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Bengals' focus on next season


Their coach is lobbying to keep his job and his players are lobbying for him. Meanwhile, maligned owner and General Manager Mike Brown's silence on the matter is challenging his team to prove its point on the field.

"He's been good with the players internally. He's been good with the public," Brown said of interim head coach Dick LeBeau, who has repeatedly said he wants to be the Cincinnati Bengals' head coach next season. "I can't think of one thing he's done that displeases me. I wish we could win some games. That would help all of us here," Brown added.

Yeah, a couple of wins to finish the season might return LeBeau to the helm of a team with major uncertainties at major positions. Cementing those positions is what's left of the season for the Bengals.

The Bengals (3-11) will host the Jaguars this Sunday at inaugural-season Paul Brown Stadium, in a game the Jaguars (7-7) hope will put them over .500 for the first time since they defeated the Bengals on Sept. 17. The Bengals' motivation is that a win over a respected AFC Central Division foe might win Brown's offseason favor.

"I'm just trying to get better as a coach every day. I hope I'm back," said LeBeau, a southern Ohio native who would be a popular choice in Cincinnati, provided the fans believe the Bengals can do something under LeBeau they weren't able to do through the 1990's, win.

Are they close to that goal? The league rankings, in which the Bengals were first in rushing, would indicate major gains this season, but there's still the matter of a pass-offense that is last in the league, and fixing that will probably determine the Bengals' future next season.

Akili Smith, the third pick of the 1999 draft, has yet to develop into the quality quarterback for which he was projected. With the losses mounting, LeBeau installed journeyman Scott Mitchell as the team's starter, and Mitchell has mildly revived the Bengals' passing attack.

"No one knows what's going to happen here next year. No one knows what's going to happen with themselves. I signed a one-year contract and I'm not the only one in here in that situation. There's a lot of incentive for a lot of people to finish out the year and do a good job," said Mitchell, who has openly said he wants to compete for the starting position.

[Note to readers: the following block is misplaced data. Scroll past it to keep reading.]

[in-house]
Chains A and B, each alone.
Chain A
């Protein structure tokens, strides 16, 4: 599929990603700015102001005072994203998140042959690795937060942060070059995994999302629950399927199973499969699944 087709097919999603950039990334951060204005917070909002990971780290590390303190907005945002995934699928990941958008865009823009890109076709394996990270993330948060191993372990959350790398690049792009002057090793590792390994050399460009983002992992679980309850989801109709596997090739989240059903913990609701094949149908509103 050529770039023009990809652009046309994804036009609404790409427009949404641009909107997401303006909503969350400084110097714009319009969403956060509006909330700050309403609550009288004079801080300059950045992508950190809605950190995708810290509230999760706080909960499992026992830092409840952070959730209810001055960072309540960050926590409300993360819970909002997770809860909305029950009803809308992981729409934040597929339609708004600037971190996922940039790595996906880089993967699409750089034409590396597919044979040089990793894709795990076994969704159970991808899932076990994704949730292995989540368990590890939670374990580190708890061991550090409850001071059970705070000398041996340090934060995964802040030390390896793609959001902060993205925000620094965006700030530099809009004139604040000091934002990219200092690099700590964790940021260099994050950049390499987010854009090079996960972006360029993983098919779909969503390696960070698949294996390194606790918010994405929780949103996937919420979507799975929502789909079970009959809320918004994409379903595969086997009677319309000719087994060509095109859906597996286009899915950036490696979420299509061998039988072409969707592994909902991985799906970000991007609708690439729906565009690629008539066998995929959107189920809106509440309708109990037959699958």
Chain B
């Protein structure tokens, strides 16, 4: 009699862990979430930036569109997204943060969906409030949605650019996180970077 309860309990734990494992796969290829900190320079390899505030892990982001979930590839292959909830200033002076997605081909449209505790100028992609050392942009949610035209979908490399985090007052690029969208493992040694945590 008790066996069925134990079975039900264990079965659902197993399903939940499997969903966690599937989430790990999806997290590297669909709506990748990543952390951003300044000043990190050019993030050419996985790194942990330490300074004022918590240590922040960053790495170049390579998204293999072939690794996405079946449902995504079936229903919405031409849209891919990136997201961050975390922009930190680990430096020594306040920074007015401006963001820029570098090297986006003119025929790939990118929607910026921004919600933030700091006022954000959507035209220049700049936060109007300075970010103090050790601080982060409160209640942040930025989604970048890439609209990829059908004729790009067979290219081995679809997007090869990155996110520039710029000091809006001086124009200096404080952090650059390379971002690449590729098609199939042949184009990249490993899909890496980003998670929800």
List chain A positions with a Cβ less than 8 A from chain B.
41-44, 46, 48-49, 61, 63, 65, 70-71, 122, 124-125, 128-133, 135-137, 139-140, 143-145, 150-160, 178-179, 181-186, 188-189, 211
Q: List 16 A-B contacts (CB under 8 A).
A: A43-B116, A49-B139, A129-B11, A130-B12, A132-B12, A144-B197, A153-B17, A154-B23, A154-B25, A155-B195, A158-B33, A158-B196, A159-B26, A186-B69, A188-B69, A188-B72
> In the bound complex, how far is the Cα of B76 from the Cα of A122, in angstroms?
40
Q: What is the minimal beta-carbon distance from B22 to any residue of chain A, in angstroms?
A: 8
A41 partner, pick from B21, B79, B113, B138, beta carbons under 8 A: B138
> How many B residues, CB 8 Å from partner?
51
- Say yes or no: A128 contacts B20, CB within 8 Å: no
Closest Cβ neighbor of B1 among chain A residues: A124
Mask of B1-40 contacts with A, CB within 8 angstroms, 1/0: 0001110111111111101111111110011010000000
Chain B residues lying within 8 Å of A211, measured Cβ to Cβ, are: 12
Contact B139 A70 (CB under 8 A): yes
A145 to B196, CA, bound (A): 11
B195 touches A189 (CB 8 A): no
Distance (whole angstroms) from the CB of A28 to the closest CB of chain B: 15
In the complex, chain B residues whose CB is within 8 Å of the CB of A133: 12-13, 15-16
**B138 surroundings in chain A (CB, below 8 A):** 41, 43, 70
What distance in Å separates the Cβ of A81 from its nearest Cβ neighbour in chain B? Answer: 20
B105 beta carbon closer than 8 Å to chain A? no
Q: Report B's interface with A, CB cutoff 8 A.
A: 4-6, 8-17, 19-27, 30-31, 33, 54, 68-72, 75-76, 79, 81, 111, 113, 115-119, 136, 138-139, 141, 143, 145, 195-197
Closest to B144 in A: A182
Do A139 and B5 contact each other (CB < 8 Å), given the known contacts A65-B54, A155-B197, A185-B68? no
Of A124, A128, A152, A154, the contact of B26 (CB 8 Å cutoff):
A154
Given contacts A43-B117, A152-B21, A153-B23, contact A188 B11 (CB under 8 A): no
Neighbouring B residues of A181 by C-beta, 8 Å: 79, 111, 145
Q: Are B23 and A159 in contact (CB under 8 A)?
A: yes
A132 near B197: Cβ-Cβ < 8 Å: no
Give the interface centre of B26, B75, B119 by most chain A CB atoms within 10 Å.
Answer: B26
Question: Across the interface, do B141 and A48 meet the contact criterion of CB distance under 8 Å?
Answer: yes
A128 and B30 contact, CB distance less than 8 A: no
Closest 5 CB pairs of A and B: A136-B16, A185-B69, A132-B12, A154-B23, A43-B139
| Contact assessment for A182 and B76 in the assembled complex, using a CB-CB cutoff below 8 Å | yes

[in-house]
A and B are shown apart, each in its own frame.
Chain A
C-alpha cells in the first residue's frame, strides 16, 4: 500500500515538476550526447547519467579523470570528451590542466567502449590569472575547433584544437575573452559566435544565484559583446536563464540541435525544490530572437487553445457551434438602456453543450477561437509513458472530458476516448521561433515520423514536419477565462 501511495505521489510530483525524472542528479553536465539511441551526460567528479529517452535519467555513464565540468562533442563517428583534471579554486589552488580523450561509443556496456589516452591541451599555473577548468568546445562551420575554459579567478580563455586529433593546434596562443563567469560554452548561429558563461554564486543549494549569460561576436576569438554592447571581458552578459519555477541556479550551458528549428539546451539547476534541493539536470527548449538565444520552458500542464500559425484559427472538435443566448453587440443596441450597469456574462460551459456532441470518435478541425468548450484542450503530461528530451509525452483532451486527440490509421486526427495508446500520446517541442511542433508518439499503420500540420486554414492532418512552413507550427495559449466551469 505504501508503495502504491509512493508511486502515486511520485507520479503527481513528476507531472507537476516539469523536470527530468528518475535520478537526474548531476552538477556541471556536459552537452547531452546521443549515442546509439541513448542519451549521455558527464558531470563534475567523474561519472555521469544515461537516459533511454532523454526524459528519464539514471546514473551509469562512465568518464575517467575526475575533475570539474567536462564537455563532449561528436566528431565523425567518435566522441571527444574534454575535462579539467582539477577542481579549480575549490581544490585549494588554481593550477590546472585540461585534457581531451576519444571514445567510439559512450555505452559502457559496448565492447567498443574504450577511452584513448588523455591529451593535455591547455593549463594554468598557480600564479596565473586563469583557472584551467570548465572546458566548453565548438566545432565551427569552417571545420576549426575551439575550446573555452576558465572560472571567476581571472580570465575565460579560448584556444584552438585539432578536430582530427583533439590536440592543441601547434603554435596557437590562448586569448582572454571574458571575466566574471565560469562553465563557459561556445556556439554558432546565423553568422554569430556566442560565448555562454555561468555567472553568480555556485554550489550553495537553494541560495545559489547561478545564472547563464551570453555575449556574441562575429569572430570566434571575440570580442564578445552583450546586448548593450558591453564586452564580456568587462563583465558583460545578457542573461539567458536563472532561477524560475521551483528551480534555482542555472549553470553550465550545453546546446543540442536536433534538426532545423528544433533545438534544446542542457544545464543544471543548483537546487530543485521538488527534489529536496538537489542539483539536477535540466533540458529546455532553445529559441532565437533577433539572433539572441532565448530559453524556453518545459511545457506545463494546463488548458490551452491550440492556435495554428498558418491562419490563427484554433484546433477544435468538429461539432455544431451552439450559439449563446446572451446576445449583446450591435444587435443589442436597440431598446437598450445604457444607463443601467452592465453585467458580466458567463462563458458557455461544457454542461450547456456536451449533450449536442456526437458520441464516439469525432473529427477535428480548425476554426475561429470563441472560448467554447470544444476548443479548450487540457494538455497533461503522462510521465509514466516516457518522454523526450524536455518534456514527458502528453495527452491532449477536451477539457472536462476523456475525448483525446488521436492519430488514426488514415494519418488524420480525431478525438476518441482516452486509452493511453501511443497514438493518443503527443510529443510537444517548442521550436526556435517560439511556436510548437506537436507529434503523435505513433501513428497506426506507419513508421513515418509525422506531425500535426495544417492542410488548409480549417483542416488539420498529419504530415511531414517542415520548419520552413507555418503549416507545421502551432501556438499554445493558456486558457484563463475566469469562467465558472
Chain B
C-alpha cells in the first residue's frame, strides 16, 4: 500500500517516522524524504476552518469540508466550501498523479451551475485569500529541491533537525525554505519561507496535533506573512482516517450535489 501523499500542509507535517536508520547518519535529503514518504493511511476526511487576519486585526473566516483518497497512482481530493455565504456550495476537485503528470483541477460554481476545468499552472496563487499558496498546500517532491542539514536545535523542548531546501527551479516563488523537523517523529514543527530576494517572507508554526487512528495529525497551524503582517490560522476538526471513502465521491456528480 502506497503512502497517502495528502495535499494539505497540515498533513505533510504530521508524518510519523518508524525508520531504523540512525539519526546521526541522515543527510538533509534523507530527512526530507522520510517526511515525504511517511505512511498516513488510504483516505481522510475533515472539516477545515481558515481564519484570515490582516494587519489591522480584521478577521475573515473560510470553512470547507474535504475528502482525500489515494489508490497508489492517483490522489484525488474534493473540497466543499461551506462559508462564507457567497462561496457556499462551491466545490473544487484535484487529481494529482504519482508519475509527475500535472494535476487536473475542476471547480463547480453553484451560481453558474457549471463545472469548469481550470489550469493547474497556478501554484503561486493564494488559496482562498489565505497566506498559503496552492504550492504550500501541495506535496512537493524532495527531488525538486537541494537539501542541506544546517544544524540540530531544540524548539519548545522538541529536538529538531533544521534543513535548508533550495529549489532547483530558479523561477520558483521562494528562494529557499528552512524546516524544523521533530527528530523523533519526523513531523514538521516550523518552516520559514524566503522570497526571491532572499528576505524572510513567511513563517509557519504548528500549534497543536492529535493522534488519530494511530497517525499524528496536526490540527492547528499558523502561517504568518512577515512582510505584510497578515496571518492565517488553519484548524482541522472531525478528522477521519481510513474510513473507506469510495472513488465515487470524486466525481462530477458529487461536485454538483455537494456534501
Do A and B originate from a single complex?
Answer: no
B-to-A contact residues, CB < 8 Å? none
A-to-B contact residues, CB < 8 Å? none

Corey Dillon is the Bengals' star. Dillon has rushed for over 1,300 yards, fourth-best in the league, but Dillon's future is the most major of the Bengals' uncertainties. He'll be a free agent this winter, and the Bengals are expected to place a "transition" tag on Dillon, which would allow the Bengals to keep Dillon by matching another team's contract offer.

Meanwhile, Smith had stopped speaking to the media. He hasn't criticized LeBeau or the Bengals for being benched, but he can't be pleased by the fact that he was benched as he neared a passing yards total that would've added a million dollars in incentive money to next year's Bengals salary cap. Saving that money would certainly help the Bengals re-sign Dillon.

Such is the posturing in Cincinnati. Everyone seems to be preparing for next season.

"The criticism I get is understandable," Brown said. "People are disappointed. Their patience has been over-tested. I don't fault them for criticizing me. I criticize me, too."

LeBeau is the one person in whom everyone seems to be in agreement; maybe even Brown.

"I'd put a whole lot of money down that if coach LeBeau had us from training camp that we would have won a lot more games," offensive tackle Willie Anderson said of LeBeau, who replaced Bruce Coslet for the fourth game of the season.

"I think we've got to win and I want LeBeau back, so I hope the guys rally around me and win," linebacker Takeo Spikes added. "I think there are guys who come here thinking, 'This is Cincinnati, I'm just going to chill for a couple of years and take my money.' I call it stealing. Once you don't have that respect from the players, you won't get the full out of your players. We saw it earlier this year," Spikes added.

What will we see next season?

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